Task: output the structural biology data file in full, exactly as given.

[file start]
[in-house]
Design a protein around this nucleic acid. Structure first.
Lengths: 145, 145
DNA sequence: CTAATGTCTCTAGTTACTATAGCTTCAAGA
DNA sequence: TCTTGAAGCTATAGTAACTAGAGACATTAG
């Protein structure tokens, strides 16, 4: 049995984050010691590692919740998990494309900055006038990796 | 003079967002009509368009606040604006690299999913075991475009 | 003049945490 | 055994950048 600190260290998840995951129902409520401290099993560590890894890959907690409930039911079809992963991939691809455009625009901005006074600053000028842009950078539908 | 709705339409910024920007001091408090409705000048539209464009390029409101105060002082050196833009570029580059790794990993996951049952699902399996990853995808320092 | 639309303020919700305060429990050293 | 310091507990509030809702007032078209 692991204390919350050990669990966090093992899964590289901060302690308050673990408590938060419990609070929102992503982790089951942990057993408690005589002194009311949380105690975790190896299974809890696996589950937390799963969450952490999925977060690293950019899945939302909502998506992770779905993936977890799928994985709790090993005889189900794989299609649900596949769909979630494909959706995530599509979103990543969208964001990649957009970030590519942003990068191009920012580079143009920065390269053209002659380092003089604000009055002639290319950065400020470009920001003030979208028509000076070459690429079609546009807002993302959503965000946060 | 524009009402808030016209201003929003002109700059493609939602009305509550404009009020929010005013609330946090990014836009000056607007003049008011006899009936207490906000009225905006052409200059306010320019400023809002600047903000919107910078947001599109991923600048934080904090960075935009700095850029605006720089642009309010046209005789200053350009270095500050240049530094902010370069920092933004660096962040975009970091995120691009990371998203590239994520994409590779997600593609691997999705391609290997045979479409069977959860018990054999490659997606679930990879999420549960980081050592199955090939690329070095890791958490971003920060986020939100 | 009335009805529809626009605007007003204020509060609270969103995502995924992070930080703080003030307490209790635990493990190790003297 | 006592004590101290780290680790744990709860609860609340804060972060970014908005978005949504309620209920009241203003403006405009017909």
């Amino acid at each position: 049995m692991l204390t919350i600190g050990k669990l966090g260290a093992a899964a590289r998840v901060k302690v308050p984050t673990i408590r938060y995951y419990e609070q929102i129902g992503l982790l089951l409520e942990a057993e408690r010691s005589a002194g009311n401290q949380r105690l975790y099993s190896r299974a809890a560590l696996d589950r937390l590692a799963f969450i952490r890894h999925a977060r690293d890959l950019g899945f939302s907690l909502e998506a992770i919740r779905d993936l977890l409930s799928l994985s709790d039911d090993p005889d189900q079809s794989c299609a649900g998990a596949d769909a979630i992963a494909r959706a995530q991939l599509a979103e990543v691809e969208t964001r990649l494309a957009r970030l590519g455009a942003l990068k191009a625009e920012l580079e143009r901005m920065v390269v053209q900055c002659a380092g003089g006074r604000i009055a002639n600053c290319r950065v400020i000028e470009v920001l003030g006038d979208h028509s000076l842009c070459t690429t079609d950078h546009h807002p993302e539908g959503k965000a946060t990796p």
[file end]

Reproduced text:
[in-house]
Design a protein around this nucleic acid. Structure first.
Lengths: 145, 145
DNA sequence: CTAATGTCTCTAGTTACTATAGCTTCAAGA
DNA sequence: TCTTGAAGCTATAGTAACTAGAGACATTAG
């Protein structure tokens, strides 16, 4: 049995984050010691590692919740998990494309900055006038990796 | 003079967002009509368009606040604006690299999913075991475009 | 003049945490 | 055994950048 600190260290998840995951129902409520401290099993560590890894890959907690409930039911079809992963991939691809455009625009901005006074600053000028842009950078539908 | 709705339409910024920007001091408090409705000048539209464009390029409101105060002082050196833009570029580059790794990993996951049952699902399996990853995808320092 | 639309303020919700305060429990050293 | 310091507990509030809702007032078209 692991204390919350050990669990966090093992899964590289901060302690308050673990408590938060419990609070929102992503982790089951942990057993408690005589002194009311949380105690975790190896299974809890696996589950937390799963969450952490999925977060690293950019899945939302909502998506992770779905993936977890799928994985709790090993005889189900794989299609649900596949769909979630494909959706995530599509979103990543969208964001990649957009970030590519942003990068191009920012580079143009920065390269053209002659380092003089604000009055002639290319950065400020470009920001003030979208028509000076070459690429079609546009807002993302959503965000946060 | 524009009402808030016209201003929003002109700059493609939602009305509550404009009020929010005013609330946090990014836009000056607007003049008011006899009936207490906000009225905006052409200059306010320019400023809002600047903000919107910078947001599109991923600048934080904090960075935009700095850029605006720089642009309010046209005789200053350009270095500050240049530094902010370069920092933004660096962040975009970091995120691009990371998203590239994520994409590779997600593609691997999705391609290997045979479409069977959860018990054999490659997606679930990879999420549960980081050592199955090939690329070095890791958490971003920060986020939100 | 009335009805529809626009605007007003204020509060609270969103995502995924992070930080703080003030307490209790635990493990190790003297 | 006592004590101290780290680790744990709860609860609340804060972060970014908005978005949504309620209920009241203003403006405009017909």
């Amino acid at each position: 049995m692991l204390t919350i600190g050990k669990l966090g260290a093992a899964a590289r998840v901060k302690v308050p984050t673990i408590r938060y995951y419990e609070q929102i129902g992503l982790l089951l409520e942990a057993e408690r010691s005589a002194g009311n401290q949380r105690l975790y099993s190896r299974a809890a560590l696996d589950r937390l590692a799963f969450i952490r890894h999925a977060r690293d890959l950019g899945f939302s907690l909502e998506a992770i919740r779905d993936l977890l409930s799928l994985s709790d039911d090993p005889d189900q079809s794989c299609a649900g998990a596949d769909a979630i992963a494909r959706a995530q991939l599509a979103e990543v691809e969208t964001r990649l494309a957009r970030l590519g455009a942003l990068k191009a625009e920012l580079e143009r901005m920065v390269v053209q900055c002659a380092g003089g006074r604000i009055a002639n600053c290319r950065v400020i000028e470009v920001l003030g006038d979208h028509s000076l842009c070459t690429t079609d950078h546009h807002p993302e539908g959503k965000a946060t990796p």